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Remembering Bob Seitz: A great coach with tremendous character
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BOB SEITZ | 1937-2021

Remembering Bob Seitz: A great coach with tremendous character

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When you are a standout in your chosen profession or avocation and you are successful, the rewards will follow.

When Bob Seitz coached the Moline High School girls softball program to new heights during his tenure and three of the school's six state titles, he was lauded for his efforts in building the program. And one of those rewards was having the Maroons' softball field named in his honor in 2007.

“When you're naming a facility after someone, you know he has great character and is a great person,” former Moline teacher, coach and administrator Todd Rosenthal said. “There was no doubt about that.”

But having a field named in his honor is hardly Seitz's greatest accomplishment. Those came daily in the halls of Moline High School as well as on the field and may have been where he left his greatest legacy.

"Bob pushed you and got the best out of you," said former Moline standout player Sandy (Littig) Westfall in a recent story about local softball success that included Moline's 1994 state Class AA title in the coach's final season. "Our motto was 'SOS' for 'Seitz on State.' We wanted him to get the championship in his last game. He was just a positive guy who I think of daily. He is one of the best coaches to ever work at Moline."

Those kind words flowed recently after Seitz died last week at the age of 84.

Always low-key and a guy seemingly more comfortable in the background, Seitz left quite a legacy at Moline High School where he taught mathematics.

“I suppose when I think of Bob Seitz, I think of a gentleman. He was always really respectful and a super nice guy,” said former Alleman High School softball coach Steve Ebner whose teams had some epic on-field battles with Seitz's Maroons. “Obviously he was competitive and always wanted to win, but what always stuck in my mind was that he was such a gentleman.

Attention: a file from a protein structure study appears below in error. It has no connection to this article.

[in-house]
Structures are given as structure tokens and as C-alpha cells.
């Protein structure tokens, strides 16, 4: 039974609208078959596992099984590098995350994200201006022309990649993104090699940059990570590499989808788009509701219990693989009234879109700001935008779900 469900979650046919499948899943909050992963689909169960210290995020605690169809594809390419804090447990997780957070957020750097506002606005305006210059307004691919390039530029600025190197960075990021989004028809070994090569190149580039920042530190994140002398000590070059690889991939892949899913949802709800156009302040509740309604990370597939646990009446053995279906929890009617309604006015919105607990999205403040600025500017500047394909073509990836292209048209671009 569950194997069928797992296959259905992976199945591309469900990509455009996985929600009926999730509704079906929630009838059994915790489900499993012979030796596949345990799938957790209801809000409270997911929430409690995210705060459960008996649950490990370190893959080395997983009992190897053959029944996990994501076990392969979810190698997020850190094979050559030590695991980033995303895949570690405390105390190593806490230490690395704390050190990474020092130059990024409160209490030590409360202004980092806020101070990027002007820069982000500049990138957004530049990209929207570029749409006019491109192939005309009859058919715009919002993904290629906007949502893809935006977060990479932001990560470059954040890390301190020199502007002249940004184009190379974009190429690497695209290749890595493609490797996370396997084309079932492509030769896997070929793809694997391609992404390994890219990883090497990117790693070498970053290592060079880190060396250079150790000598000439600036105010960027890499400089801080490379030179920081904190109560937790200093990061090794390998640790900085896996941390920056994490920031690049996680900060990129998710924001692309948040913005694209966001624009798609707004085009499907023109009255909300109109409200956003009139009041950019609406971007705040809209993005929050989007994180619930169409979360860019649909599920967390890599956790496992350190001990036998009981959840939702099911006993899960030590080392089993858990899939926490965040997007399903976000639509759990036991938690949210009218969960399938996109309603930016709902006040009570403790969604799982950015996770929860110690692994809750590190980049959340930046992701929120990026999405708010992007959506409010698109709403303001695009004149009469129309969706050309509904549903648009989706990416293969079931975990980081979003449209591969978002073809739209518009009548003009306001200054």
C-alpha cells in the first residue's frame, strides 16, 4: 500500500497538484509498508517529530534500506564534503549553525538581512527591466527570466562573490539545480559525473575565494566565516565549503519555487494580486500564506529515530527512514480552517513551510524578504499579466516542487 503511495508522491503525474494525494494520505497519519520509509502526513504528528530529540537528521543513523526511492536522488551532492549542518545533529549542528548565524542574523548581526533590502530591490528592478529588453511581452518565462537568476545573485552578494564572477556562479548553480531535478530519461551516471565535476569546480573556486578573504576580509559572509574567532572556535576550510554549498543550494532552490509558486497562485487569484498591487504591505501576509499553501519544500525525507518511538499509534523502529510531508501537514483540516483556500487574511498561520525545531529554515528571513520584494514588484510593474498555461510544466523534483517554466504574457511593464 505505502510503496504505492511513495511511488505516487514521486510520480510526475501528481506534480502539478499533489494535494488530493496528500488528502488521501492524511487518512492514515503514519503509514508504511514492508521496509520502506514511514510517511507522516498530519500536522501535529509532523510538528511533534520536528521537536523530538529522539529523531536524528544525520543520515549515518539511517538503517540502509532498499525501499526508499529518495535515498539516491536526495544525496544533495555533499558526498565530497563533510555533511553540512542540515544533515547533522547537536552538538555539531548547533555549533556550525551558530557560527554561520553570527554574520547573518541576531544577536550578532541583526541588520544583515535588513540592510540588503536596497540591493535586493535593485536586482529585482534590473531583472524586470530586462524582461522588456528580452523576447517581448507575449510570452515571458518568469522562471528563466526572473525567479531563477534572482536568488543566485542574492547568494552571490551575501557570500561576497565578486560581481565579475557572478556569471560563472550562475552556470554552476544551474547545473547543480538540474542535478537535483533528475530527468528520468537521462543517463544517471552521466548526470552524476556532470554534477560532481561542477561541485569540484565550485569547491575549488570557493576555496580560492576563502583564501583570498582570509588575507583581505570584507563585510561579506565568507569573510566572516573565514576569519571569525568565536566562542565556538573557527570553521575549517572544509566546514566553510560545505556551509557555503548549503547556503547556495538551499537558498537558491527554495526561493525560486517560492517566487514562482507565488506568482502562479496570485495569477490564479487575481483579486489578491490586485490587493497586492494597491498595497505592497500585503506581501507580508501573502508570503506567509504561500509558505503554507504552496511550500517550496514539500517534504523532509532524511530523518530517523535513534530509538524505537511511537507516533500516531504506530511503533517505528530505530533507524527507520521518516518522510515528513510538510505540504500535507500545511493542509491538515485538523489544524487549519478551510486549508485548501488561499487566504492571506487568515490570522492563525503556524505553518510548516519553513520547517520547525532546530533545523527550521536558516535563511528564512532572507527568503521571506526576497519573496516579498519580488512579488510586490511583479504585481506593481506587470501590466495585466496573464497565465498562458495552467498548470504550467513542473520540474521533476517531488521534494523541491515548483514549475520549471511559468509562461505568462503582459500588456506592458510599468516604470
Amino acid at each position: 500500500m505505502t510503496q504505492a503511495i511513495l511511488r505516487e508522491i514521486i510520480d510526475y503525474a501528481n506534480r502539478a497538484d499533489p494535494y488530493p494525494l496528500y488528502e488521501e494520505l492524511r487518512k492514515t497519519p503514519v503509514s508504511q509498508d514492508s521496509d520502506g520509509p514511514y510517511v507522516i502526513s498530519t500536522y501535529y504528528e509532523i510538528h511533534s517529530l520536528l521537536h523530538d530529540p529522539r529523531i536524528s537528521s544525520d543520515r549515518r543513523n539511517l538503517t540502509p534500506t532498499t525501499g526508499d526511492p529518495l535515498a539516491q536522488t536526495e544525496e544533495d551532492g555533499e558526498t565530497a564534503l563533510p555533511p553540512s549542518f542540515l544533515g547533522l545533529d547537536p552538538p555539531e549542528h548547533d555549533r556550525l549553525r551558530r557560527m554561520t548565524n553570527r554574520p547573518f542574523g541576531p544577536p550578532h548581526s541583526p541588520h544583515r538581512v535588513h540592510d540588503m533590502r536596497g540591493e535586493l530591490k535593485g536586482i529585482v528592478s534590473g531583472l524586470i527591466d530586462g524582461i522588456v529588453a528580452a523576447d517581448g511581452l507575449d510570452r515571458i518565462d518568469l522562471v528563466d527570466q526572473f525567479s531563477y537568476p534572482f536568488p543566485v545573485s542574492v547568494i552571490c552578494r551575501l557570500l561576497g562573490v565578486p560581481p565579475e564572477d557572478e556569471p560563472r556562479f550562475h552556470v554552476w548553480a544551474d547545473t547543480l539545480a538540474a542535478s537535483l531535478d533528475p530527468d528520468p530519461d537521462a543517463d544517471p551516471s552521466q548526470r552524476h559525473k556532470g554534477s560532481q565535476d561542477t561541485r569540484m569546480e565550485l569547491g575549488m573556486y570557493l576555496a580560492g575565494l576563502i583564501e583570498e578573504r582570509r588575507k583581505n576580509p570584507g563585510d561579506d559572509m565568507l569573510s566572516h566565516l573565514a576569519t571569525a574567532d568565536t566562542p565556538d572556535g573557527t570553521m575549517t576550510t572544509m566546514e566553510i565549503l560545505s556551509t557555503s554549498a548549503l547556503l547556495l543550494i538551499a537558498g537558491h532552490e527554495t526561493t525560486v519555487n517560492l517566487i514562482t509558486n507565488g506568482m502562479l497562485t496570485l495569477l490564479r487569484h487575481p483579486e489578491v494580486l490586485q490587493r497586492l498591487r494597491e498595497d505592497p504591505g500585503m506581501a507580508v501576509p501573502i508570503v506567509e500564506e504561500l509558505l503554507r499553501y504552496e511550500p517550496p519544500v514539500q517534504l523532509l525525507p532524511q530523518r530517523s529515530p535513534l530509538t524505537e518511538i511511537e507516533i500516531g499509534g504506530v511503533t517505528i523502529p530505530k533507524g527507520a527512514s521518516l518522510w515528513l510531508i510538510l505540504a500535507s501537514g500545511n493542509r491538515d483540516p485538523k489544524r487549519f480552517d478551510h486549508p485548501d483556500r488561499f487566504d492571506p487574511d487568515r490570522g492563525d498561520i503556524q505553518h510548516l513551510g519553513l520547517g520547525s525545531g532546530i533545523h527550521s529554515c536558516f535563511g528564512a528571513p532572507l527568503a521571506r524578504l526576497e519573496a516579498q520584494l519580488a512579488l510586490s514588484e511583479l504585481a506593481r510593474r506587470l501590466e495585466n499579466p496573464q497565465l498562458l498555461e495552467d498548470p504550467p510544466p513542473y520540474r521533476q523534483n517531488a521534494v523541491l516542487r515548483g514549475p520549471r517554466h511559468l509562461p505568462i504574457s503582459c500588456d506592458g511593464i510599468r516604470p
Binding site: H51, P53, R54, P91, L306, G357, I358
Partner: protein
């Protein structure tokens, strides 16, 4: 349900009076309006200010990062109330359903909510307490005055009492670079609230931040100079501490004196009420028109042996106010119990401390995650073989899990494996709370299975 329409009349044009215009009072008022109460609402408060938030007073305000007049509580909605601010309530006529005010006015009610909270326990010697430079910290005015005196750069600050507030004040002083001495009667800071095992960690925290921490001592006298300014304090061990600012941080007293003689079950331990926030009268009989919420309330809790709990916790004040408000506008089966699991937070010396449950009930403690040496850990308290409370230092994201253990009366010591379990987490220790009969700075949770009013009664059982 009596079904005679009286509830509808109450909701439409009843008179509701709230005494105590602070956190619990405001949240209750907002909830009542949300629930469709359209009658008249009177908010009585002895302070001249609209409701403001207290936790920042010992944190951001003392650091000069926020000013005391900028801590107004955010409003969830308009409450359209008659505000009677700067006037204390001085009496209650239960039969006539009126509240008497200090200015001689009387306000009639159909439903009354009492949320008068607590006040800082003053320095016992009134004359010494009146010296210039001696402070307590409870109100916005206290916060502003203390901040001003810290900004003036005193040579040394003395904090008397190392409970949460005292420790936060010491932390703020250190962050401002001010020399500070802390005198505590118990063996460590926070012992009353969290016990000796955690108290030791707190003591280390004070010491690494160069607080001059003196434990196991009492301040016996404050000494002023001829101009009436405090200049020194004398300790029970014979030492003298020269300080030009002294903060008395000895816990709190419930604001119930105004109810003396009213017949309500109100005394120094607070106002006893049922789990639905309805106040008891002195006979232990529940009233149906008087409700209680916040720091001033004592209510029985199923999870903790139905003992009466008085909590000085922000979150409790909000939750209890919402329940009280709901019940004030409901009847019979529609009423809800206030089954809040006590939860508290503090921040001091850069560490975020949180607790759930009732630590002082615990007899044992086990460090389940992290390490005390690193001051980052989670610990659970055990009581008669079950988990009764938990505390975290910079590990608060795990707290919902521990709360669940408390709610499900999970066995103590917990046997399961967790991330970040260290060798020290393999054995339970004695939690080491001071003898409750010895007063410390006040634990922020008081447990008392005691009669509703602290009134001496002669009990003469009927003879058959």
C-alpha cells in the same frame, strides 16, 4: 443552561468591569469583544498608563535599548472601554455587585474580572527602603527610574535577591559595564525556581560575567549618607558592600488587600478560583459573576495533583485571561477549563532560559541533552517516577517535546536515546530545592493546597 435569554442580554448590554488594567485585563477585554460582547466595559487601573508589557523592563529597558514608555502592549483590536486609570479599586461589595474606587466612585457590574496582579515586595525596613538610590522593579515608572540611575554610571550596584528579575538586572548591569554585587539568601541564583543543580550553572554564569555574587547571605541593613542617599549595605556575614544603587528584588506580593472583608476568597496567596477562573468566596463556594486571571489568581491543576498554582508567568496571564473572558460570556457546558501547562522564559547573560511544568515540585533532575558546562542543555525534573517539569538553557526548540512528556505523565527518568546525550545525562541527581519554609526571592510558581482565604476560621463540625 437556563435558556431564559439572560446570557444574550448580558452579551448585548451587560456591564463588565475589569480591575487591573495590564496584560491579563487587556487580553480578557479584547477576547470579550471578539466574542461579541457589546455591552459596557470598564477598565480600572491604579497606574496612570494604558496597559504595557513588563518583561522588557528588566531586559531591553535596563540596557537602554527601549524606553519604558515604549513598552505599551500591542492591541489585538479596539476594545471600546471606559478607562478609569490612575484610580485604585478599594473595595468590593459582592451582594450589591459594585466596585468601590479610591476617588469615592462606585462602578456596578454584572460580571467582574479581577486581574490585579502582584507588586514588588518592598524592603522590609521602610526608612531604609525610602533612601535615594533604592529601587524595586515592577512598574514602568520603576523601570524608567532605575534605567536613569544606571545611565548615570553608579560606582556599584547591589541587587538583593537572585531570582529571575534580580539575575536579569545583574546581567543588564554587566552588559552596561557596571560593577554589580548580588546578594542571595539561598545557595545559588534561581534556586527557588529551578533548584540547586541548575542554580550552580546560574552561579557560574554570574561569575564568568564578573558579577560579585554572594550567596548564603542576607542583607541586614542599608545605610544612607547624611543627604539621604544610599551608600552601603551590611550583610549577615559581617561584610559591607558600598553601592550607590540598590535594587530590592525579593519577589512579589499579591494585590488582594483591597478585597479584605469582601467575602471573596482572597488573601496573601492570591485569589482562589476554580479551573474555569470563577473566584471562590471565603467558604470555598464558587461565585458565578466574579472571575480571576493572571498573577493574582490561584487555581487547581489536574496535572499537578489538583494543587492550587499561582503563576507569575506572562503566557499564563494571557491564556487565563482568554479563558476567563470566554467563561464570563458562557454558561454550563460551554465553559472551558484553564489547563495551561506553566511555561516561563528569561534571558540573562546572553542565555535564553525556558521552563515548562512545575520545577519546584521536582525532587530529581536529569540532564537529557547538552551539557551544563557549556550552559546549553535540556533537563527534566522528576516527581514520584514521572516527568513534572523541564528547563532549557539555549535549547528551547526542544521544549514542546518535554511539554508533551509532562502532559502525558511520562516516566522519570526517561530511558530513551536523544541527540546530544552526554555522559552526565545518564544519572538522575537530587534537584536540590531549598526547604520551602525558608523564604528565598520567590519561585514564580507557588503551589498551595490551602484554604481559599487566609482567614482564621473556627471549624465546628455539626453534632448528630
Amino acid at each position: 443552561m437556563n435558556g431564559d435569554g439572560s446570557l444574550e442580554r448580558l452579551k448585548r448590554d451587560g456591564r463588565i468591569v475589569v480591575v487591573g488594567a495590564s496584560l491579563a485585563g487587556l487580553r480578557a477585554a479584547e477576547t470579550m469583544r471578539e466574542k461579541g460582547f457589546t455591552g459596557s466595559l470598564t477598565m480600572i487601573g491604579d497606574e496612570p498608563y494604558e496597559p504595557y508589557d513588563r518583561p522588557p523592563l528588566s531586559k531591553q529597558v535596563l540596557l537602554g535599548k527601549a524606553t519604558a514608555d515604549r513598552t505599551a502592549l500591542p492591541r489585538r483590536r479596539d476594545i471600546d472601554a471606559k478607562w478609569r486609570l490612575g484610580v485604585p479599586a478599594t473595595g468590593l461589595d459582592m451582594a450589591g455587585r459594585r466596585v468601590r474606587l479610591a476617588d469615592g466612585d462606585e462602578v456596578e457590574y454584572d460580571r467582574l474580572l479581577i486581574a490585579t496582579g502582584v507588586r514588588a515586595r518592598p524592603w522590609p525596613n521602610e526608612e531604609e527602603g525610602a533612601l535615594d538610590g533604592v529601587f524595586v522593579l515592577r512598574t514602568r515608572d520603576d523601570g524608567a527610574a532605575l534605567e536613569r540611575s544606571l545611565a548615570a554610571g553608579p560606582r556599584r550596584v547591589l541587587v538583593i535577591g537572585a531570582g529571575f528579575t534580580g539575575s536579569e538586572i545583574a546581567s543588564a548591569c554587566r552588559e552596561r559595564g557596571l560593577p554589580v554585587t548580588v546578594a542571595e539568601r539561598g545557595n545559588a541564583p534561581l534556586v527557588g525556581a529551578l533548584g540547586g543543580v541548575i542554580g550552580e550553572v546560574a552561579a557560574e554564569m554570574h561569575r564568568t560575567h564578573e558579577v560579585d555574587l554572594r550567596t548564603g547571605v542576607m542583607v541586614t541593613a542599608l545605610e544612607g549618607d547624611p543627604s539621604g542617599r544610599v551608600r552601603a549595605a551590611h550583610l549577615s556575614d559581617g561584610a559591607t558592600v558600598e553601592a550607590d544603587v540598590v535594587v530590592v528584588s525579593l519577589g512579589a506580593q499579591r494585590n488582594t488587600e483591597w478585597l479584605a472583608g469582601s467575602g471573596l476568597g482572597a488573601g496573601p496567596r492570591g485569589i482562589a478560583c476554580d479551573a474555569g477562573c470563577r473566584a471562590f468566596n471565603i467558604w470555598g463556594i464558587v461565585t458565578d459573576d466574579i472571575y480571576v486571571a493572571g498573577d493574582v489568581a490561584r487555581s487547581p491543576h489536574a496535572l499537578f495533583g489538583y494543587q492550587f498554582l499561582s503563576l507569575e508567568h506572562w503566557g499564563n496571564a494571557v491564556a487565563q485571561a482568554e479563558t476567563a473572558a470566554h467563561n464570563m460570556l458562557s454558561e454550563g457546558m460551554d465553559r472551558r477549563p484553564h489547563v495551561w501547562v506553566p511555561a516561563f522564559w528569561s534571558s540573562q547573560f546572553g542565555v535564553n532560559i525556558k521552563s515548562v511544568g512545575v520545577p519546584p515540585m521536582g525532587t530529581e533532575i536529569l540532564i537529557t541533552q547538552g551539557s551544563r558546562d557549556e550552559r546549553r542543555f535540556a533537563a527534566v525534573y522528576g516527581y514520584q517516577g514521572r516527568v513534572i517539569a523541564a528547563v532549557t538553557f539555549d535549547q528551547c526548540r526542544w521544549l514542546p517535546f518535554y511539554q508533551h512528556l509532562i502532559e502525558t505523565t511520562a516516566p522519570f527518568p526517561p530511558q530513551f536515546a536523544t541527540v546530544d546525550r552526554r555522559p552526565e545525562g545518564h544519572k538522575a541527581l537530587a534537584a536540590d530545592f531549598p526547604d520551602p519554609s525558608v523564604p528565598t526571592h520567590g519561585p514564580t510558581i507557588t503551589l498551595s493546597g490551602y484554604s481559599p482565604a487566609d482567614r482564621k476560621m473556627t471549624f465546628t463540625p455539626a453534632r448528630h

“I would think that he would have been a player's coach; easy for the players to play for, you know, just an all-around nice guy and a great coach.”

One former Maroon standout who knows a little something about Seitz is his granddaughter, Jordan (de los Reyes) Wages, who has been on the Moline coaching staff since her 2017 graduation from Illinois State University.

While she never was on a team that her grandfather coached, she was still the recipient of his sage advice.

“I do remember after games — basketball and softball — that he would pull me to the side and never really get on me, but would say 'Jordan, if this situation ever comes up again, this is what you should do' ... and he would definitely coach me through things," she said.

Wages figured both his influence and bloodlines led her into coaching, but didn't remember too much about his coaching prowess.

“When I started coaching, I asked my mom, years ago now, 'What was grandpa like as a coach and what was his approach to things?'" she said. “She said that the girls really respected him and they knew what he expected of them. He was never really a hot head or never had a temper. He was very well respected by his players.

“I try to emulate that when I'm coaching.”

However, she did admit to being fully aware of the legacy he built within the Moline softball program.

“I kind of always knew that he was a good coach, but it really wasn't until I was older that I realized how much of an impact he had on his players,”  Wages said. “I remember when they named the field after him and when I got into high school how cool it was to play on that field."

When it comes to Seitz and his importance to the program, all you have to do is look at the signage at the field that bears his name. It is a program that Seitz built from the ground up.

The Moline softball legacy can be traced back to Seitz in the middle 1980s.

“That's where it all starts, with Bob Seitz,” said current Moline coach Mark Gerlach, who coached the Maroons to two of the school's other state softball titles. “Every coach at Moline can look back to Bob; he started it all.

“You know as well as I do that getting a program up and going is the key. You gotta have people buy into it. You gotta have that legacy. You gotta have people look up to your program and want to be a part of it. Bob started all that. I can't say enough about him.”

Rosenthal said the best description of Seitz was that of a father figure.

“He was a guy the students knew they could trust,” Rosenthal said.

And that trust made him an endearing figure.

“Everybody you talked to just loved the man,” Gerlach said. “That's hard to do when you're a coach and teacher.”


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